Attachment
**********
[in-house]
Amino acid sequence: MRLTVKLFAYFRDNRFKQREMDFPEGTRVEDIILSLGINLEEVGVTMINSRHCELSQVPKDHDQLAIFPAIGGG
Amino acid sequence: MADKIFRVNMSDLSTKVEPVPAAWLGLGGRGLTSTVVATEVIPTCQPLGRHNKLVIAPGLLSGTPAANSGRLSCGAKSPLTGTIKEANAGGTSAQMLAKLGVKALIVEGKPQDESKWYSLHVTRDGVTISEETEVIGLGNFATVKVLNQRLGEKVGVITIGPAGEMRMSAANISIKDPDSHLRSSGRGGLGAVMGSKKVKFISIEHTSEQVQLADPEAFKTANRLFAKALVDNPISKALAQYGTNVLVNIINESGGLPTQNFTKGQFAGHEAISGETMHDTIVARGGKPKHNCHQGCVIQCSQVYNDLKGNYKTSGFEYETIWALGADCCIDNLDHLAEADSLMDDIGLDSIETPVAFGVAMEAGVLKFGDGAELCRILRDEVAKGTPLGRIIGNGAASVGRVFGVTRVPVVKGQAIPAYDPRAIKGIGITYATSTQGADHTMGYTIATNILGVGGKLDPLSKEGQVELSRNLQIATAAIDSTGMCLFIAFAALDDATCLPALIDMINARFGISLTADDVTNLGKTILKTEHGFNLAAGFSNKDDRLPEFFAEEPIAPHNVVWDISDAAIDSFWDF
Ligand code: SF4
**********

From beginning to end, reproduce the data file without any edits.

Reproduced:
[in-house]
Amino acid sequence: MRLTVKLFAYFRDNRFKQREMDFPEGTRVEDIILSLGINLEEVGVTMINSRHCELSQVPKDHDQLAIFPAIGGG
Amino acid sequence: MADKIFRVNMSDLSTKVEPVPAAWLGLGGRGLTSTVVATEVIPTCQPLGRHNKLVIAPGLLSGTPAANSGRLSCGAKSPLTGTIKEANAGGTSAQMLAKLGVKALIVEGKPQDESKWYSLHVTRDGVTISEETEVIGLGNFATVKVLNQRLGEKVGVITIGPAGEMRMSAANISIKDPDSHLRSSGRGGLGAVMGSKKVKFISIEHTSEQVQLADPEAFKTANRLFAKALVDNPISKALAQYGTNVLVNIINESGGLPTQNFTKGQFAGHEAISGETMHDTIVARGGKPKHNCHQGCVIQCSQVYNDLKGNYKTSGFEYETIWALGADCCIDNLDHLAEADSLMDDIGLDSIETPVAFGVAMEAGVLKFGDGAELCRILRDEVAKGTPLGRIIGNGAASVGRVFGVTRVPVVKGQAIPAYDPRAIKGIGITYATSTQGADHTMGYTIATNILGVGGKLDPLSKEGQVELSRNLQIATAAIDSTGMCLFIAFAALDDATCLPALIDMINARFGISLTADDVTNLGKTILKTEHGFNLAAGFSNKDDRLPEFFAEEPIAPHNVVWDISDAAIDSFWDF
Ligand code: SF4